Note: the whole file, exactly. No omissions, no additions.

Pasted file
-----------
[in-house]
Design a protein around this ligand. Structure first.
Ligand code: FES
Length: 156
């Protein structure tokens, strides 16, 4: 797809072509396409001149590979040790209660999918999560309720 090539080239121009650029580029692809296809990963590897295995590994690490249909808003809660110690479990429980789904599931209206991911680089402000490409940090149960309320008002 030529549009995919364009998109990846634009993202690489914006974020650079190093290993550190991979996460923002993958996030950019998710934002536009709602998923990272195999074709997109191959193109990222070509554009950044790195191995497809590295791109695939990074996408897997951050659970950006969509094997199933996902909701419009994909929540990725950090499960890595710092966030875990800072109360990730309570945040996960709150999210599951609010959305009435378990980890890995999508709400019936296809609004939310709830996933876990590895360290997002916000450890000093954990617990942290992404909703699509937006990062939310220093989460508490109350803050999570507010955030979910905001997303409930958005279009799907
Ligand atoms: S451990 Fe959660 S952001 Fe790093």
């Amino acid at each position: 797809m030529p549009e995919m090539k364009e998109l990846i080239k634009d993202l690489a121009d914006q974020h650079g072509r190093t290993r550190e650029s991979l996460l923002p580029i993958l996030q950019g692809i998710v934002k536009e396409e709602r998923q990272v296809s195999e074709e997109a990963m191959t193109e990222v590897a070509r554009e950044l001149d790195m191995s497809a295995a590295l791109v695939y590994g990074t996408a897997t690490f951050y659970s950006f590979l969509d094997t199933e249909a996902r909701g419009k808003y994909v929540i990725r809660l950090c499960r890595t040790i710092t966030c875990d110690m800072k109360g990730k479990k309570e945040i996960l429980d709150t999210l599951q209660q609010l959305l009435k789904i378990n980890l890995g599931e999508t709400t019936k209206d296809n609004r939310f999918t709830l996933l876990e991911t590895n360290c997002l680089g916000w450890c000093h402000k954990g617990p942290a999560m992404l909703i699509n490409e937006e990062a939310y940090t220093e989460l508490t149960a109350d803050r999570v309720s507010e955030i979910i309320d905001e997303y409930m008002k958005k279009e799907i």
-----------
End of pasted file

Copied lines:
[in-house]
Design a protein around this ligand. Structure first.
Ligand code: FES
Length: 156
């Protein structure tokens, strides 16, 4: 797809072509396409001149590979040790209660999918999560309720 090539080239121009650029580029692809296809990963590897295995590994690490249909808003809660110690479990429980789904599931209206991911680089402000490409940090149960309320008002 030529549009995919364009998109990846634009993202690489914006974020650079190093290993550190991979996460923002993958996030950019998710934002536009709602998923990272195999074709997109191959193109990222070509554009950044790195191995497809590295791109695939990074996408897997951050659970950006969509094997199933996902909701419009994909929540990725950090499960890595710092966030875990800072109360990730309570945040996960709150999210599951609010959305009435378990980890890995999508709400019936296809609004939310709830996933876990590895360290997002916000450890000093954990617990942290992404909703699509937006990062939310220093989460508490109350803050999570507010955030979910905001997303409930958005279009799907
Ligand atoms: S451990 Fe959660 S952001 Fe790093």
């Amino acid at each position: 797809m030529p549009e995919m090539k364009e998109l990846i080239k634009d993202l690489a121009d914006q974020h650079g072509r190093t290993r550190e650029s991979l996460l923002p580029i993958l996030q950019g692809i998710v934002k536009e396409e709602r998923q990272v296809s195999e074709e997109a990963m191959t193109e990222v590897a070509r554009e950044l001149d790195m191995s497809a295995a590295l791109v695939y590994g990074t996408a897997t690490f951050y659970s950006f590979l969509d094997t199933e249909a996902r909701g419009k808003y994909v929540i990725r809660l950090c499960r890595t040790i710092t966030c875990d110690m800072k109360g990730k479990k309570e945040i996960l429980d709150t999210l599951q209660q609010l959305l009435k789904i378990n980890l890995g599931e999508t709400t019936k209206d296809n609004r939310f999918t709830l996933l876990e991911t590895n360290c997002l680089g916000w450890c000093h402000k954990g617990p942290a999560m992404l909703i699509n490409e937006e990062a939310y940090t220093e989460l508490t149960a109350d803050r999570v309720s507010e955030i979910i309320d905001e997303y409930m008002k958005k279009e799907i």